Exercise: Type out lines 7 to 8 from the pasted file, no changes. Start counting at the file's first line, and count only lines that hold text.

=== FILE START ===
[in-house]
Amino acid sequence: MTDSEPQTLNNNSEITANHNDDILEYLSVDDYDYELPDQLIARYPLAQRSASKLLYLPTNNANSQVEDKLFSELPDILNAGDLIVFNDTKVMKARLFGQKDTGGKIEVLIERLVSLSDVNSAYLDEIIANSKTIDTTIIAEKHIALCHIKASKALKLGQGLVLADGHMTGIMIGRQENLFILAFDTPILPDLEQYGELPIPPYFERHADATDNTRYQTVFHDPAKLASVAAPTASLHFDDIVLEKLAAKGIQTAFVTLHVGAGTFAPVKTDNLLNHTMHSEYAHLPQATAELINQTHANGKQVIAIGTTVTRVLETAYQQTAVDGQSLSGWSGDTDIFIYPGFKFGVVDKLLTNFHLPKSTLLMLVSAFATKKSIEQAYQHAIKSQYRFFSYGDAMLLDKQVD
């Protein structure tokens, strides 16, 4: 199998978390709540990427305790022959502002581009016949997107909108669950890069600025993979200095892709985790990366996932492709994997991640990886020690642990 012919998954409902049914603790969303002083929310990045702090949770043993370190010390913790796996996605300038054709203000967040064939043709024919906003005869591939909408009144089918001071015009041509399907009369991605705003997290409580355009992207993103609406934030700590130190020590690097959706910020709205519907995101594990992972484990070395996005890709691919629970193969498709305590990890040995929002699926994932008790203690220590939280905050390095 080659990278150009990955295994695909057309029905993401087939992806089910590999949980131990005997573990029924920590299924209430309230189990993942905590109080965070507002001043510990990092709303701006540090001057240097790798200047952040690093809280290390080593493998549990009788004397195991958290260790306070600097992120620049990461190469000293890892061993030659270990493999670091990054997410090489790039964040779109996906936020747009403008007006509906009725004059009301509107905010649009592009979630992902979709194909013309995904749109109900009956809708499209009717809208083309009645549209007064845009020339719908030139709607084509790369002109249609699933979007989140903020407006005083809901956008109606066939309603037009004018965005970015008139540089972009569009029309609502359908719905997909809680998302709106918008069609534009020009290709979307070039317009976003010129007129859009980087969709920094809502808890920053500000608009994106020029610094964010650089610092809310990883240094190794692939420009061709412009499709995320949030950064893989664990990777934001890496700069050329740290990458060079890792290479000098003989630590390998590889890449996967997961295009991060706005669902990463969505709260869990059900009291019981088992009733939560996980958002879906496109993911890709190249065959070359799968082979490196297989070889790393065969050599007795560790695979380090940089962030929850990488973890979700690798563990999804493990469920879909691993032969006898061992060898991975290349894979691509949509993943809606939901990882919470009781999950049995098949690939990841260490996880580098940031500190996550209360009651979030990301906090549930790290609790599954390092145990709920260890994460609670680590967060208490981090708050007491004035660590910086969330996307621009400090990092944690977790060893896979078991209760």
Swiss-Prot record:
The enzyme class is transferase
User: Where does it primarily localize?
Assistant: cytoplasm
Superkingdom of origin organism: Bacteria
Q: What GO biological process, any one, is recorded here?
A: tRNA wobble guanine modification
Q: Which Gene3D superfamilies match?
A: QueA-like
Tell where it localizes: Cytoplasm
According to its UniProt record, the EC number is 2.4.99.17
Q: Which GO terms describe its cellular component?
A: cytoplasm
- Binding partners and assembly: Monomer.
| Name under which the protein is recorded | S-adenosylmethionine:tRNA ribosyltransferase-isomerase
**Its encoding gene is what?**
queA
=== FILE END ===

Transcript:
Assistant: cytoplasm
Superkingdom of origin organism: Bacteria